The con artist who posed as a volunteer firefighter and scammed both the city and a Whitestone woman pleaded guilty to fraud last week, the Queens district attorney said.
Jerome Brandl, 34, pleaded guilty to scheming to defraud in the first degree on Jan. 23. State Supreme Court Justice Pauline Mullings is expected to sentence Brandl on March 4 to one to three years in prison.
The defendants guilty plea and promised state prison sentence are more than appropriate, said Brown.
With firefighters stepping into the role of New York City heroes in the days following the terrorist attacks of Sept. 11, Brandl pretended to be one of them in order to reap the benefits that were rewarded upon them, he admitted.
According to the complaint, Brandl, who gave his name as Jerod Dawson, arrived at Engine Co. 39 at East 67th Street in Manhattan on Sept. 18, and told the men at the house he was a volunteer firefighter from Wisconsin. Brandl traveled with firefighters to the recovery and clean-up effort at Ground Zero, answered emergency calls, lived at the house for a week, and took in a free Mets game at Shea Stadium, said the complaint.
It was at that Mets game, the first game played at Shea Stadium after Sept. 11, that Brandl met Lori, a 31-year-old woman from Whitestone.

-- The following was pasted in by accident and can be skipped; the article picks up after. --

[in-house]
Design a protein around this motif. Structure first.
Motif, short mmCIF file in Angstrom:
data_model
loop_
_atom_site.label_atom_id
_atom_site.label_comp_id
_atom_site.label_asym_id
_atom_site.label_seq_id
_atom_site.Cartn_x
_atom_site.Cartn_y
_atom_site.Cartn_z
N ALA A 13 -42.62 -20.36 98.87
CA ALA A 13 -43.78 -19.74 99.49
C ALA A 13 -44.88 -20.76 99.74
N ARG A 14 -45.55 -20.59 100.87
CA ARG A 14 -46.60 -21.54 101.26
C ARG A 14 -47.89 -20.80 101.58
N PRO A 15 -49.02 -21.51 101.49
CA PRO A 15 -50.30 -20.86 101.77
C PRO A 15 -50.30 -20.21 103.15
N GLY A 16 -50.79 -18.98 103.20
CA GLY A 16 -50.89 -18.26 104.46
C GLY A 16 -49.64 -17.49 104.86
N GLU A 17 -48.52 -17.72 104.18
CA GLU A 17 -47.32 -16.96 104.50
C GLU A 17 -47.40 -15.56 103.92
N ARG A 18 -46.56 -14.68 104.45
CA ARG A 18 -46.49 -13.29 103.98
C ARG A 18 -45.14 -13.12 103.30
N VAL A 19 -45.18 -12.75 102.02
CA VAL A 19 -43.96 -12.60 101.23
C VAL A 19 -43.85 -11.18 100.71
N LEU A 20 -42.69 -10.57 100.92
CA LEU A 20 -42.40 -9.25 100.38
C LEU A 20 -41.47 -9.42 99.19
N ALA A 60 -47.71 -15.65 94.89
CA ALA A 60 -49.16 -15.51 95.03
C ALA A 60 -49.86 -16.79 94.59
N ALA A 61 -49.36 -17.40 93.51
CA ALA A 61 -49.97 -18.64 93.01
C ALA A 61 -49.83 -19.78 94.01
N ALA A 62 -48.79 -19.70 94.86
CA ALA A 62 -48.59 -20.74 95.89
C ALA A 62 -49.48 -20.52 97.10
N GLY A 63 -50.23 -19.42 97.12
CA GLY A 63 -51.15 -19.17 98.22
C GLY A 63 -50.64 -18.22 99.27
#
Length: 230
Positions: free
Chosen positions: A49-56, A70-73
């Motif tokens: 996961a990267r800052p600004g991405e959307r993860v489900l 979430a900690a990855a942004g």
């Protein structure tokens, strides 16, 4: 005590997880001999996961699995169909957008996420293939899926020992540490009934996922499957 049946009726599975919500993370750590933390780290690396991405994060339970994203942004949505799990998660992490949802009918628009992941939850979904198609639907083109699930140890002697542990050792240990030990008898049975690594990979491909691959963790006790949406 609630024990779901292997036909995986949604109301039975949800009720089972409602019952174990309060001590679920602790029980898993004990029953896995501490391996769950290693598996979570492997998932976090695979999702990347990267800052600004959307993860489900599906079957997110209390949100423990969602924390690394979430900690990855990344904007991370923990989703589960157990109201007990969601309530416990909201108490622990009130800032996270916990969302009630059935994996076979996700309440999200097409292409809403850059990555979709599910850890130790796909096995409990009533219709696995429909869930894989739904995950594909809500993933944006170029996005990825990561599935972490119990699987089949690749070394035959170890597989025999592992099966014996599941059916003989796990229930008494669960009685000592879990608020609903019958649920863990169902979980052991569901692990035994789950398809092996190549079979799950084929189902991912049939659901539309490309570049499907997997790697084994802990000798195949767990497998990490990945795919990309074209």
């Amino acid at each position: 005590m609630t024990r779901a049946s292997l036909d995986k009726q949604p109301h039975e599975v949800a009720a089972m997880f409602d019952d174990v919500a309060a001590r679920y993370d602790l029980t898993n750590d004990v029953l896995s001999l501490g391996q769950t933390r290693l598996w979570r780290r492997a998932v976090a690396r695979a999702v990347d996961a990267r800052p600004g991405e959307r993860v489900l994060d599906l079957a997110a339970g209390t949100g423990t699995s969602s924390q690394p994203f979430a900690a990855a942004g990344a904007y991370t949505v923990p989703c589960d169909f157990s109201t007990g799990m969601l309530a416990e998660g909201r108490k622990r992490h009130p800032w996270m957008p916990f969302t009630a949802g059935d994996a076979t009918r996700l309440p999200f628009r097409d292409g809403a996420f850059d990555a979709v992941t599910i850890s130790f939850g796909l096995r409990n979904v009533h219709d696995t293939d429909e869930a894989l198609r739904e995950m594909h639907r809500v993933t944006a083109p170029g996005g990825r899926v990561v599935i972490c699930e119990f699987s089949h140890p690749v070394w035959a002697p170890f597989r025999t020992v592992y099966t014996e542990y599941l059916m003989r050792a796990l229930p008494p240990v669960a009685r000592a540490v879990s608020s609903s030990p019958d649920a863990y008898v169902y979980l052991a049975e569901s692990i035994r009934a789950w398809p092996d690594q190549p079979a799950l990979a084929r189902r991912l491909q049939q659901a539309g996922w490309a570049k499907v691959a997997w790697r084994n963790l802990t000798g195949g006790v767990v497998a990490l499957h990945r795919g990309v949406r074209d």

He came off to be this really nice, nice guy, said Lori. Just being at the game and sitting with all those policemen and firemen ... it was the last thing on my mind that a con man was sitting in front of me.
After the game, Brandl and Lori started dating, she said.
But on Sept. 28, Lori found her ATM card missing. When she went to the bank, she discovered $885 had been withdrawn from her account.
When she returned home that evening, Lori found her cell phone and video camera were also missing, she said.
Brandl was nowhere to be found.
But on a gut feeling, Lori had written down the license plate number of the BMW Brandl had been driving.
On Oct. 30, police found the car, which was allegedly stolen, and arrested Brandl in Hermitage, Pa. after he had attended a Pittsburgh football game at which firefighters were honored, Brown said.
Authorities still have not determined where Brandl lives.
While Brown called the sentence appropriate, Lori said she thought Brandl deserved a harsher sentence.
I was pretty disappointed, to be perfectly honest, Lori said when she learned of the plea bargain. Im hoping that the other states that are involved [in Brandls prosecution] step up to the plate and extradite him after he serves.
Nevertheless, some good has come out of the case for Lori. Firefighters at Springfield Gardens Engine Co. 311 and Ladder Company 158 heard about Loris ordeal in a TimesLedger news story. Two days before Christmas, Firefighter Kenny Donovan and Detective Thomas Loberto of the 109th Precinct presented a card and an $800 check to Lori on behalf of the Fire Department.
It was wonderful, said Lori. It made for a wonderful Christmas.
Reach reporter Alexander Dworkowitz by e-mail at Timesledger@aol.com or call 229-0300, Ext. 141.
©2002 Community News Group
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